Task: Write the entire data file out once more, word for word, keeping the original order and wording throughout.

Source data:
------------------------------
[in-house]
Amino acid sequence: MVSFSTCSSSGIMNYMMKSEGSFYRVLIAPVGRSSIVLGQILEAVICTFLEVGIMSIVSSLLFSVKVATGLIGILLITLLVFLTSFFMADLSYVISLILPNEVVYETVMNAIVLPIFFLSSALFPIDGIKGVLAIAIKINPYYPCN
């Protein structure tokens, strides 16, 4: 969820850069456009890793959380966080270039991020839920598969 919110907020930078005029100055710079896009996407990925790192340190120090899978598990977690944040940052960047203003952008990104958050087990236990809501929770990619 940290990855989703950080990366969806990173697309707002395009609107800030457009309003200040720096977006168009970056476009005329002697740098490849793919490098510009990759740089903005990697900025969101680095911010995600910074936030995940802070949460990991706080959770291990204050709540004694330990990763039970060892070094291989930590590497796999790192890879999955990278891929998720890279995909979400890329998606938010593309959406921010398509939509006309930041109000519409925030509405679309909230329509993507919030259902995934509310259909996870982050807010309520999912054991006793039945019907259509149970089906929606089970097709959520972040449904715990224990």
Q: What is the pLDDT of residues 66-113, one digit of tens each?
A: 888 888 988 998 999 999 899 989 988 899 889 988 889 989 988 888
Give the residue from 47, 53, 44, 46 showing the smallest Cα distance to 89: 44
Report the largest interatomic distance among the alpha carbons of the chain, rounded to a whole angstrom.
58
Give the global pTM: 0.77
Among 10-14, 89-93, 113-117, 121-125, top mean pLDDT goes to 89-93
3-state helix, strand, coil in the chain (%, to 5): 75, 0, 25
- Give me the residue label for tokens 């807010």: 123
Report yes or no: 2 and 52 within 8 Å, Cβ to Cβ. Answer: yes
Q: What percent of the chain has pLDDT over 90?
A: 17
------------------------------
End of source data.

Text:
[in-house]
Amino acid sequence: MVSFSTCSSSGIMNYMMKSEGSFYRVLIAPVGRSSIVLGQILEAVICTFLEVGIMSIVSSLLFSVKVATGLIGILLITLLVFLTSFFMADLSYVISLILPNEVVYETVMNAIVLPIFFLSSALFPIDGIKGVLAIAIKINPYYPCN
């Protein structure tokens, strides 16, 4: 969820850069456009890793959380966080270039991020839920598969 919110907020930078005029100055710079896009996407990925790192340190120090899978598990977690944040940052960047203003952008990104958050087990236990809501929770990619 940290990855989703950080990366969806990173697309707002395009609107800030457009309003200040720096977006168009970056476009005329002697740098490849793919490098510009990759740089903005990697900025969101680095911010995600910074936030995940802070949460990991706080959770291990204050709540004694330990990763039970060892070094291989930590590497796999790192890879999955990278891929998720890279995909979400890329998606938010593309959406921010398509939509006309930041109000519409925030509405679309909230329509993507919030259902995934509310259909996870982050807010309520999912054991006793039945019907259509149970089906929606089970097709959520972040449904715990224990």
Q: What is the pLDDT of residues 66-113, one digit of tens each?
A: 888 888 988 998 999 999 899 989 988 899 889 988 889 989 988 888
Give the residue from 47, 53, 44, 46 showing the smallest Cα distance to 89: 44
Report the largest interatomic distance among the alpha carbons of the chain, rounded to a whole angstrom.
58
Give the global pTM: 0.77
Among 10-14, 89-93, 113-117, 121-125, top mean pLDDT goes to 89-93
3-state helix, strand, coil in the chain (%, to 5): 75, 0, 25
- Give me the residue label for tokens 């807010």: 123
Report yes or no: 2 and 52 within 8 Å, Cβ to Cβ. Answer: yes
Q: What percent of the chain has pLDDT over 90?
A: 17